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  • Shrimping

    After reading sound fisher posts and pics I'd like to know if shrimping is still a popular sport for the average fisherman in Alaska? Or is it mostly commercially done? What is the status of the shrimp population in Alaska compared to say 5 years ago? More/less shrimp? And do shrimp reproduce quickly so as to restock their masses or are they slow to recover from depletion? It sounds like pods of 30 pounds or more are a common occurrence in Alaska. Is that correct? Or is that a lucky day in the eyes of you fisherman?

  • #2
    Hmm.... I have only dreamed of the day I pulled up even 15 lbs. I am relatively new to shrimping but its not that easy to find them.

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    • #3
      I would say it's very popular for the sport fisherman. And to find them...I don't think it's that hard, you've got to go deep and cold, preferably with a glacier nearby. I'm averaging 200-300 shrimp a drop with 4 pots now, I would say thats pretty good, but not 30 pounds!

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      • #4
        30#s of shrimp

        I am the person who posted I got 30#s of shrimp.I did not get tham all in a single pull. That was a whole day of shrimping. I usually pull every 3-5 hours, and sometimes much longer depending on how the fish are biting. It took me many tries to finally find a decent hole. Great pulls are not always the norm. When I started it seemed that I was lucky if I came home to show the wife my gallon ziplock filled with tails. Then I had to split it with my fishing partner. Often it just didn't seem worth it. Many people say that its "easy","there everywhere",but I was not that lucky or good. Persistance finally paid off, and now I do know a few good spots.Many miles and gallons of gas later. Ive always been a hard learner !!!!!!!!?????? How long do you other guys soak for?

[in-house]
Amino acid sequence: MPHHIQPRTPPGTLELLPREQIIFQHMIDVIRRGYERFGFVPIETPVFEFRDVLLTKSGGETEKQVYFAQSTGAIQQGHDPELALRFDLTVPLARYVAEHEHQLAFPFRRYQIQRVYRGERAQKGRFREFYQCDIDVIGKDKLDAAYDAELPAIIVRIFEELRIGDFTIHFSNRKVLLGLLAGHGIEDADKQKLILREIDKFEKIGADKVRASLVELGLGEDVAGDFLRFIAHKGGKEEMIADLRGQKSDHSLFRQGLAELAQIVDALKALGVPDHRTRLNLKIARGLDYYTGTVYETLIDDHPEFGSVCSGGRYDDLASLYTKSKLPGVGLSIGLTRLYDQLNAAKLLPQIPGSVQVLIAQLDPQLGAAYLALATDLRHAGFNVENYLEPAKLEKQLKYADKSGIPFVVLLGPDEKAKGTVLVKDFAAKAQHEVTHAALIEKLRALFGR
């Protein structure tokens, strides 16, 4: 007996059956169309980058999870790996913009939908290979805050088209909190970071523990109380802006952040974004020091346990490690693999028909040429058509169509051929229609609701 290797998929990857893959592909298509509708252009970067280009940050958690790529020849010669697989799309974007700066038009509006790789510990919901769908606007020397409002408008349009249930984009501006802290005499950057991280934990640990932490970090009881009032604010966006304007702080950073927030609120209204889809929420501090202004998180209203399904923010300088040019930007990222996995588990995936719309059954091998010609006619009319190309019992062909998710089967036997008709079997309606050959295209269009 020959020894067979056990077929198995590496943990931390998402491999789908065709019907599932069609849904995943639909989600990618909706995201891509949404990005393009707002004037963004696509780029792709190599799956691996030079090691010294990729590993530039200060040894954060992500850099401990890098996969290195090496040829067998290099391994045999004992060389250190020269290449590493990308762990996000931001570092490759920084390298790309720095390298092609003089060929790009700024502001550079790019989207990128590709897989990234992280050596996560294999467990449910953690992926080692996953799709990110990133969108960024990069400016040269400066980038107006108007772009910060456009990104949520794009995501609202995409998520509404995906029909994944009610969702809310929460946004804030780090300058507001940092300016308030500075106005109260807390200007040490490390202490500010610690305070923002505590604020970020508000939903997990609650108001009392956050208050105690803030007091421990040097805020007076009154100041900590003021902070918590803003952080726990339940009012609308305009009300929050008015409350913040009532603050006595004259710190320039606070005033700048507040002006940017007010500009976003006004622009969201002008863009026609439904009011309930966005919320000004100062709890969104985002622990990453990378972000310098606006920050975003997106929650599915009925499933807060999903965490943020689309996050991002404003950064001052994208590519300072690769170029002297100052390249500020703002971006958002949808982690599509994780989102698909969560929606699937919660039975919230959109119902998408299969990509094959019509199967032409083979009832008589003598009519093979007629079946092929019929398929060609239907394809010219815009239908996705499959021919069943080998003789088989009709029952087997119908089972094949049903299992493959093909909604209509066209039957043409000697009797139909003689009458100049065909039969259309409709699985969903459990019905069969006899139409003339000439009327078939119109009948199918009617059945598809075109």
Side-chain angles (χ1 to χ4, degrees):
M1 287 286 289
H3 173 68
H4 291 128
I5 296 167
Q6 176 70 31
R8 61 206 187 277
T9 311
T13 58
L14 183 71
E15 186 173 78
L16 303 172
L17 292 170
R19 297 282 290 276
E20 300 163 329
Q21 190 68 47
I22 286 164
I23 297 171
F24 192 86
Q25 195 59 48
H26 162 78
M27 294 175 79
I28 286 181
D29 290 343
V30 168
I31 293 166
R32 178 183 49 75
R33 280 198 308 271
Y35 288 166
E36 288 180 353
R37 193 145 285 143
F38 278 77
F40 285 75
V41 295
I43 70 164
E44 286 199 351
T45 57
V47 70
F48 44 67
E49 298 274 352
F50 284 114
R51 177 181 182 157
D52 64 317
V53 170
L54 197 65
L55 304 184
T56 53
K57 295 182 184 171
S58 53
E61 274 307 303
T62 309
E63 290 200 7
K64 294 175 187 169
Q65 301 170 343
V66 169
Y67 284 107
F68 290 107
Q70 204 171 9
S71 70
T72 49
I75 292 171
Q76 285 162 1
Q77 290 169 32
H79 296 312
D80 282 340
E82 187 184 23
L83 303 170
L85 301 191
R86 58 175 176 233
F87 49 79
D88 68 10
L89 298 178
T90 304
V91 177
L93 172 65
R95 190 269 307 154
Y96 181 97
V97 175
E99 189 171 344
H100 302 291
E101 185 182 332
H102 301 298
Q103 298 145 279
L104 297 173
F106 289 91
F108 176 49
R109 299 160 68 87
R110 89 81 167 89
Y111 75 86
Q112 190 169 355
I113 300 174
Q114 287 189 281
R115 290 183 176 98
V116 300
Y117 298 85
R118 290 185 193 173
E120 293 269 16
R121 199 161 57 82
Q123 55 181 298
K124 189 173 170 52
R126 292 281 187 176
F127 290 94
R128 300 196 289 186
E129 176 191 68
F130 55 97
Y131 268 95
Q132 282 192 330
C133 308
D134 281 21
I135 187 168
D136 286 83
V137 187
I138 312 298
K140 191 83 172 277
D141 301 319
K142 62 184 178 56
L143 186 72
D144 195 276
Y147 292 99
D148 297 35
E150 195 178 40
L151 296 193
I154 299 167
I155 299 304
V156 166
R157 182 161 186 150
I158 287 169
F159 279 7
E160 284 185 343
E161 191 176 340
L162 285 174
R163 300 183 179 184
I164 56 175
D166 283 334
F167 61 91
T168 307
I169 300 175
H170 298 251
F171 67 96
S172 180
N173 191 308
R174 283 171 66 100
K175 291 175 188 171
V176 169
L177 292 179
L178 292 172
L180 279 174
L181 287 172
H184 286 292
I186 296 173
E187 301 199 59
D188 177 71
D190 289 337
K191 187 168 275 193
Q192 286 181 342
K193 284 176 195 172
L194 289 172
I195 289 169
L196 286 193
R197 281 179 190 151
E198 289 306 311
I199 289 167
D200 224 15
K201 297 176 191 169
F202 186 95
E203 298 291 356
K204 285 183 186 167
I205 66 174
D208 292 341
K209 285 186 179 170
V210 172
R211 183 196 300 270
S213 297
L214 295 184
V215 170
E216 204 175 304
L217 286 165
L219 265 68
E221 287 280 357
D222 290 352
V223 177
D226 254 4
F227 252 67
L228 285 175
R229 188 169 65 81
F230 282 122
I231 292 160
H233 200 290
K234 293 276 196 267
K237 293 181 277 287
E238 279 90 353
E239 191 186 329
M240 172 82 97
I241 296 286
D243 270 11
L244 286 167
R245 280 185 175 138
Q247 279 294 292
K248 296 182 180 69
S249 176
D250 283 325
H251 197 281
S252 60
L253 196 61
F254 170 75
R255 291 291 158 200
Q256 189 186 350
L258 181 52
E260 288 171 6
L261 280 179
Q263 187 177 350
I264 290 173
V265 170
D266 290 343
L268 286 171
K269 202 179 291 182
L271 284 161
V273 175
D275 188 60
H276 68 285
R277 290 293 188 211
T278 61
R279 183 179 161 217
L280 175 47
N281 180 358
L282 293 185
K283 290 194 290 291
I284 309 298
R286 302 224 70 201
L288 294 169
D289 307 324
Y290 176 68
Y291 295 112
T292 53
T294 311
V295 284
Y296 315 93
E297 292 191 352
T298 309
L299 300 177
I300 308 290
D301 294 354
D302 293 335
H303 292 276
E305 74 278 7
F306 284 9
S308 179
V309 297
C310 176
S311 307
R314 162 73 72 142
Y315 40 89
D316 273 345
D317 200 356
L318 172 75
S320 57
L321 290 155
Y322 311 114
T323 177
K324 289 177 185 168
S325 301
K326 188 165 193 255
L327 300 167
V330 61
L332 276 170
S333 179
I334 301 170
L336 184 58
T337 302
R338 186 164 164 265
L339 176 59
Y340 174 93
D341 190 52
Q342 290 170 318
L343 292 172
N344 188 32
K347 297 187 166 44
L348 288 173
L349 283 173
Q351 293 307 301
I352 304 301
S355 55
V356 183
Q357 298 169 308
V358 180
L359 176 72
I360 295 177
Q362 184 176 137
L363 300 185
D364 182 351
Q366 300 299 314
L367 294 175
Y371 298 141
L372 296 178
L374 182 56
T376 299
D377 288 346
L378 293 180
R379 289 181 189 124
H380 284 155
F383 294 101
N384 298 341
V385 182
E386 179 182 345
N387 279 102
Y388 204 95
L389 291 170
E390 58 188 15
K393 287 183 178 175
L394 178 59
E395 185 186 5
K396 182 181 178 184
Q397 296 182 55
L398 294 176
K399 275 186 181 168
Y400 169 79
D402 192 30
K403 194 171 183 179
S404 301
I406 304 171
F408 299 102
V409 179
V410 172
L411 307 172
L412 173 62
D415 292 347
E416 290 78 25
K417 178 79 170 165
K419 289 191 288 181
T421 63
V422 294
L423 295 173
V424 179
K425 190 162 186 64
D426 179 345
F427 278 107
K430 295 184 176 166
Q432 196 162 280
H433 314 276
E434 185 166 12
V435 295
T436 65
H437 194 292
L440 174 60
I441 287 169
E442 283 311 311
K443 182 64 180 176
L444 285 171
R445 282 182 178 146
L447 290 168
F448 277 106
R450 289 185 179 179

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        • #5
          The area biologist in Cordova recommends setting your pots so that you fish a complete tide. Spreading your scent trail the furthest. Fishing thru a tide change messes up your scent trail.

          I always plan to pull and reset pots at the tide change every six hours or so. If I am in a particularly hot spot I pull every 4 hours and do well. More work, but better total catch for the day.

          I have been using the commercial shrimp pellets with good results. On the last trip I started adding a herring to each trap also, back to my old ways. They were stripping them to the bone. (sea lice were helping with that)
          John
          www.alaskaadventurejournal.com

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